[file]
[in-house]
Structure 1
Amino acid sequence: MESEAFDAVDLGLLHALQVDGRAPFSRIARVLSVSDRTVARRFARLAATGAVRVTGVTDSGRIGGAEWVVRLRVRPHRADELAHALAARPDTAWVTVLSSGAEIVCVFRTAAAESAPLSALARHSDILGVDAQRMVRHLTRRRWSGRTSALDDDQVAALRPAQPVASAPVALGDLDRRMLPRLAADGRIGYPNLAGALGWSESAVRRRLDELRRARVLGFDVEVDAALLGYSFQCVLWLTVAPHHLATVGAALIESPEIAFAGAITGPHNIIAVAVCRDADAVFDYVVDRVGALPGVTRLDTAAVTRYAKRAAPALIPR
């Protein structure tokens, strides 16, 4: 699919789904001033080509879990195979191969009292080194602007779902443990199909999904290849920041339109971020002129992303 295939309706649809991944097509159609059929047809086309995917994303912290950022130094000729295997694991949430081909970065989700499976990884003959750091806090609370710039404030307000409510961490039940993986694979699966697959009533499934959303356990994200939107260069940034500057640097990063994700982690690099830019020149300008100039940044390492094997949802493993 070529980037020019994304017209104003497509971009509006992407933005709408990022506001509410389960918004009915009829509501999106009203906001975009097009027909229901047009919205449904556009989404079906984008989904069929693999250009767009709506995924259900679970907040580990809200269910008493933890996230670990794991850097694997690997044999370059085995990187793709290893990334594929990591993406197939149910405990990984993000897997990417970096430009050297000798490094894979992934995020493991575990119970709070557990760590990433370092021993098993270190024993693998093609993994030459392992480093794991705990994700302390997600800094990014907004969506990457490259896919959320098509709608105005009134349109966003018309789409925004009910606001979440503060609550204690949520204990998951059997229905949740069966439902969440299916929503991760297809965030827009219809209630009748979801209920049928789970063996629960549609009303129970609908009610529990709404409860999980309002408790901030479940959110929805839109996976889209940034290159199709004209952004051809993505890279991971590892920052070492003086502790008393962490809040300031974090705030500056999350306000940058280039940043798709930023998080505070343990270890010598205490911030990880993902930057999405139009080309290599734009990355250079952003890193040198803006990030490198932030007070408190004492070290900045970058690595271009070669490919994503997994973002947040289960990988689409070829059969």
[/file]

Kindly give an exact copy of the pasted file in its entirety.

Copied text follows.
[in-house]
Structure 1
Amino acid sequence: MESEAFDAVDLGLLHALQVDGRAPFSRIARVLSVSDRTVARRFARLAATGAVRVTGVTDSGRIGGAEWVVRLRVRPHRADELAHALAARPDTAWVTVLSSGAEIVCVFRTAAAESAPLSALARHSDILGVDAQRMVRHLTRRRWSGRTSALDDDQVAALRPAQPVASAPVALGDLDRRMLPRLAADGRIGYPNLAGALGWSESAVRRRLDELRRARVLGFDVEVDAALLGYSFQCVLWLTVAPHHLATVGAALIESPEIAFAGAITGPHNIIAVAVCRDADAVFDYVVDRVGALPGVTRLDTAAVTRYAKRAAPALIPR
């Protein structure tokens, strides 16, 4: 699919789904001033080509879990195979191969009292080194602007779902443990199909999904290849920041339109971020002129992303 295939309706649809991944097509159609059929047809086309995917994303912290950022130094000729295997694991949430081909970065989700499976990884003959750091806090609370710039404030307000409510961490039940993986694979699966697959009533499934959303356990994200939107260069940034500057640097990063994700982690690099830019020149300008100039940044390492094997949802493993 070529980037020019994304017209104003497509971009509006992407933005709408990022506001509410389960918004009915009829509501999106009203906001975009097009027909229901047009919205449904556009989404079906984008989904069929693999250009767009709506995924259900679970907040580990809200269910008493933890996230670990794991850097694997690997044999370059085995990187793709290893990334594929990591993406197939149910405990990984993000897997990417970096430009050297000798490094894979992934995020493991575990119970709070557990760590990433370092021993098993270190024993693998093609993994030459392992480093794991705990994700302390997600800094990014907004969506990457490259896919959320098509709608105005009134349109966003018309789409925004009910606001979440503060609550204690949520204990998951059997229905949740069966439902969440299916929503991760297809965030827009219809209630009748979801209920049928789970063996629960549609009303129970609908009610529990709404409860999980309002408790901030479940959110929805839109996976889209940034290159199709004209952004051809993505890279991971590892920052070492003086502790008393962490809040300031974090705030500056999350306000940058280039940043798709930023998080505070343990270890010598205490911030990880993902930057999405139009080309290599734009990355250079952003890193040198803006990030490198932030007070408190004492070290900045970058690595271009070669490919994503997994973002947040289960990988689409070829059969």